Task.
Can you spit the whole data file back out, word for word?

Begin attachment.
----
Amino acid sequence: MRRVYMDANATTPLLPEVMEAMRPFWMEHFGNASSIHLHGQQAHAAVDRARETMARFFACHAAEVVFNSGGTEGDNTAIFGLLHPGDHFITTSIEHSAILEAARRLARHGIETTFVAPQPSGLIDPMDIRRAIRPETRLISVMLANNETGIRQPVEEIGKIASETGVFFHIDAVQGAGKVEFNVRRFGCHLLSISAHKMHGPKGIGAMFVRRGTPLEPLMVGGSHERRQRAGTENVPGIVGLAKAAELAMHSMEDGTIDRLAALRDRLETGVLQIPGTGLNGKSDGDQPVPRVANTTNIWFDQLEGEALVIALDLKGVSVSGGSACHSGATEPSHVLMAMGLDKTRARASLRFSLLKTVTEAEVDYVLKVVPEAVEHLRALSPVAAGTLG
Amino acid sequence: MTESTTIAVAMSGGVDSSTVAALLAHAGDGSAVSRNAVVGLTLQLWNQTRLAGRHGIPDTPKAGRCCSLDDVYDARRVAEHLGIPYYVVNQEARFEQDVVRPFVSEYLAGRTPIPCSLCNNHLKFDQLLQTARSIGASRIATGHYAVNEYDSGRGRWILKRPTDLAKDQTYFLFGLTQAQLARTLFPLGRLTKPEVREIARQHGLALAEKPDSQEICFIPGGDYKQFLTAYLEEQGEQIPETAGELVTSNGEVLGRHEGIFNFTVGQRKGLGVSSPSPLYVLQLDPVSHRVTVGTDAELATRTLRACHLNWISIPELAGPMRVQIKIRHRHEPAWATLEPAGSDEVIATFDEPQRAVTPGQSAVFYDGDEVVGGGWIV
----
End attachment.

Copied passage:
Amino acid sequence: MRRVYMDANATTPLLPEVMEAMRPFWMEHFGNASSIHLHGQQAHAAVDRARETMARFFACHAAEVVFNSGGTEGDNTAIFGLLHPGDHFITTSIEHSAILEAARRLARHGIETTFVAPQPSGLIDPMDIRRAIRPETRLISVMLANNETGIRQPVEEIGKIASETGVFFHIDAVQGAGKVEFNVRRFGCHLLSISAHKMHGPKGIGAMFVRRGTPLEPLMVGGSHERRQRAGTENVPGIVGLAKAAELAMHSMEDGTIDRLAALRDRLETGVLQIPGTGLNGKSDGDQPVPRVANTTNIWFDQLEGEALVIALDLKGVSVSGGSACHSGATEPSHVLMAMGLDKTRARASLRFSLLKTVTEAEVDYVLKVVPEAVEHLRALSPVAAGTLG
Amino acid sequence: MTESTTIAVAMSGGVDSSTVAALLAHAGDGSAVSRNAVVGLTLQLWNQTRLAGRHGIPDTPKAGRCCSLDDVYDARRVAEHLGIPYYVVNQEARFEQDVVRPFVSEYLAGRTPIPCSLCNNHLKFDQLLQTARSIGASRIATGHYAVNEYDSGRGRWILKRPTDLAKDQTYFLFGLTQAQLARTLFPLGRLTKPEVREIARQHGLALAEKPDSQEICFIPGGDYKQFLTAYLEEQGEQIPETAGELVTSNGEVLGRHEGIFNFTVGQRKGLGVSSPSPLYVLQLDPVSHRVTVGTDAELATRTLRACHLNWISIPELAGPMRVQIKIRHRHEPAWATLEPAGSDEVIATFDEPQRAVTPGQSAVFYDGDEVVGGGWIV